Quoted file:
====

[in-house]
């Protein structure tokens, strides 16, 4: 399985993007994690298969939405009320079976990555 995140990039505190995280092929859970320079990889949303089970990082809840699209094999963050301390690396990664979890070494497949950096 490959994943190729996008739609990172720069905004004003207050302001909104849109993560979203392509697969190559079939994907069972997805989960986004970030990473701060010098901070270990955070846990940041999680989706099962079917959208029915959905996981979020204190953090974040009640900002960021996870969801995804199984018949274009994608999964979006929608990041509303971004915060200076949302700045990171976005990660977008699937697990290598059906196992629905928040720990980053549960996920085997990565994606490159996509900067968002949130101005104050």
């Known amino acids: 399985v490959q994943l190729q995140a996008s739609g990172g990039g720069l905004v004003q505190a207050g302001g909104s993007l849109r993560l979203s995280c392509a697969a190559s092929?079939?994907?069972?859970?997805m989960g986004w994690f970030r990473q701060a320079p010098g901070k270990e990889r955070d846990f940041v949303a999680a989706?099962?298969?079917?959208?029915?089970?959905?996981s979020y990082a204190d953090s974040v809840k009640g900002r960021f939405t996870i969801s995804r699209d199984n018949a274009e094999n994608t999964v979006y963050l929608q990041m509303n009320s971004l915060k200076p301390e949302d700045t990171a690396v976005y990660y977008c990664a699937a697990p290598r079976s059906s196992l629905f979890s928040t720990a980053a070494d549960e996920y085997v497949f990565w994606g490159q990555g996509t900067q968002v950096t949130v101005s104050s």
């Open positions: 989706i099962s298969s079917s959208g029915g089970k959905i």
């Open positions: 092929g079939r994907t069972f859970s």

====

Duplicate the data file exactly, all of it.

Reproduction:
[in-house]
């Protein structure tokens, strides 16, 4: 399985993007994690298969939405009320079976990555 995140990039505190995280092929859970320079990889949303089970990082809840699209094999963050301390690396990664979890070494497949950096 490959994943190729996008739609990172720069905004004003207050302001909104849109993560979203392509697969190559079939994907069972997805989960986004970030990473701060010098901070270990955070846990940041999680989706099962079917959208029915959905996981979020204190953090974040009640900002960021996870969801995804199984018949274009994608999964979006929608990041509303971004915060200076949302700045990171976005990660977008699937697990290598059906196992629905928040720990980053549960996920085997990565994606490159996509900067968002949130101005104050």
């Known amino acids: 399985v490959q994943l190729q995140a996008s739609g990172g990039g720069l905004v004003q505190a207050g302001g909104s993007l849109r993560l979203s995280c392509a697969a190559s092929?079939?994907?069972?859970?997805m989960g986004w994690f970030r990473q701060a320079p010098g901070k270990e990889r955070d846990f940041v949303a999680a989706?099962?298969?079917?959208?029915?089970?959905?996981s979020y990082a204190d953090s974040v809840k009640g900002r960021f939405t996870i969801s995804r699209d199984n018949a274009e094999n994608t999964v979006y963050l929608q990041m509303n009320s971004l915060k200076p301390e949302d700045t990171a690396v976005y990660y977008c990664a699937a697990p290598r079976s059906s196992l629905f979890s928040t720990a980053a070494d549960e996920y085997v497949f990565w994606g490159q990555g996509t900067q968002v950096t949130v101005s104050s």
């Open positions: 989706i099962s298969s079917s959208g029915g089970k959905i």
């Open positions: 092929g079939r994907t069972f859970s």